#tbt: Galina Ulanova on Approaching Ballet With Childlike Wonder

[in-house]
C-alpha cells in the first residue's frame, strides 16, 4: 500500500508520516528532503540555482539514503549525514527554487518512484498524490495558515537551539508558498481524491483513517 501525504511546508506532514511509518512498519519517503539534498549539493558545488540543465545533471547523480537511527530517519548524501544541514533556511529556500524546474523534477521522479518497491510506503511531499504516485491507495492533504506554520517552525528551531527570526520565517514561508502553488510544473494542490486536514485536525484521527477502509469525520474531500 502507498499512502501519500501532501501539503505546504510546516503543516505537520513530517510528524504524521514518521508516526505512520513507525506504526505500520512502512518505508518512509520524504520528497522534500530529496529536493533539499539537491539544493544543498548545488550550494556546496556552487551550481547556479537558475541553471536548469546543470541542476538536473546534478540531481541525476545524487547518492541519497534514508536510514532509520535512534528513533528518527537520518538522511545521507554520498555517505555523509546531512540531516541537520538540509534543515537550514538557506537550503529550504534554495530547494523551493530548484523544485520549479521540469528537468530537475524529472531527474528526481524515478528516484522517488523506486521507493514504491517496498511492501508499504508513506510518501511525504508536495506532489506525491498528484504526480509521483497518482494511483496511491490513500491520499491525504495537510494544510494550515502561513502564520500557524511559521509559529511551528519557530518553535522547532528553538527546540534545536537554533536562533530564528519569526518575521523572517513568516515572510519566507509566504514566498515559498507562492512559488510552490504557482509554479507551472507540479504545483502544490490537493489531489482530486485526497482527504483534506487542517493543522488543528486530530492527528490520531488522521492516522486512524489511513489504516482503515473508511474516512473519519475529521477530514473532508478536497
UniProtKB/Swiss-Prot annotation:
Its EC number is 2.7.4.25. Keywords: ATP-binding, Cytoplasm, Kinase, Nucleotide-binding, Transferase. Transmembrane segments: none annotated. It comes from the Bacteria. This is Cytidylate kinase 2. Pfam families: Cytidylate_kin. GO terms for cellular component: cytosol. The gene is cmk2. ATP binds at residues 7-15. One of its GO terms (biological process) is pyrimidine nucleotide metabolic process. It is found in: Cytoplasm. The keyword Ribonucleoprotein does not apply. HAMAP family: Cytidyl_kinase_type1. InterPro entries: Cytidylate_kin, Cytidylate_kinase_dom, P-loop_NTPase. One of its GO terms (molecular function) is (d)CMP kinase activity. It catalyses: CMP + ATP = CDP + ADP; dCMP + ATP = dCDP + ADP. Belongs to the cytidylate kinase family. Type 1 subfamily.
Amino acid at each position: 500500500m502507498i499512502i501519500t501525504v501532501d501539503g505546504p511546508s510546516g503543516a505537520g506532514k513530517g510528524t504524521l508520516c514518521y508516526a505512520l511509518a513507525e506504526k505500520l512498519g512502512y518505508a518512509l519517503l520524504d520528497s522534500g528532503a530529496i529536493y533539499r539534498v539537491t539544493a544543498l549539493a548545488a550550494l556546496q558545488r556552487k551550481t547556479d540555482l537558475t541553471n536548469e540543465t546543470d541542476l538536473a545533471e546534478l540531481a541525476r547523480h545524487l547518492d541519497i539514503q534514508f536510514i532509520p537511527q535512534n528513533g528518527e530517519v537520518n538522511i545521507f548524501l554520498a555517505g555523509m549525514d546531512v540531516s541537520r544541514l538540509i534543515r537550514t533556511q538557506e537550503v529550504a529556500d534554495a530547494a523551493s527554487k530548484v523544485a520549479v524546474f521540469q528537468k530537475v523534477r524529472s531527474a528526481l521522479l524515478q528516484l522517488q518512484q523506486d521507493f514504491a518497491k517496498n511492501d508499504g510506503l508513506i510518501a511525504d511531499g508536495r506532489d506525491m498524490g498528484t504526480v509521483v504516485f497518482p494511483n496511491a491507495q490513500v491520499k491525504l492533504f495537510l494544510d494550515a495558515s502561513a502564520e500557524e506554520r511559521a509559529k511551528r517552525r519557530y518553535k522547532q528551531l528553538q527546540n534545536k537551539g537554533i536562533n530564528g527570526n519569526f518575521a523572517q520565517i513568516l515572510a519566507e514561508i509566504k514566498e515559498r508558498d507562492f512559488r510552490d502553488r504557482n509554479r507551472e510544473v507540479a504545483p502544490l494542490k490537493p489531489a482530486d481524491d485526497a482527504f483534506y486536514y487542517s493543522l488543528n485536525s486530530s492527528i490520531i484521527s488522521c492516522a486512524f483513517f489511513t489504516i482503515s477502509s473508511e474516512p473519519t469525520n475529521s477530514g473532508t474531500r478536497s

In the November 1954 issue of Dance Magazine, we shared excerpts from an autobiographical essay written by Galina Ulanova. Reflecting on her memories of performing small roles as a self-professedly reluctant ballet student, she wrote, “Belief comes so easily in childhood. And what a pity it is that this belief in what is happening on the stage…is so difficult to preserve afterwards, and that one has to work so hard, sometimes so painfully, before one can ‘get into the skin’ of a role and believe in it so utterly that the audience will believe in it too. Yes, in part my ‘performances’ of those days were the playing of a child who believes in its imagination more than it does reality.” Arguably the first great ballerina of Soviet Russia, she danced with both the Kirov and the Bolshoi, touring with the latter across Europe and to the U.S. to great popular acclaim.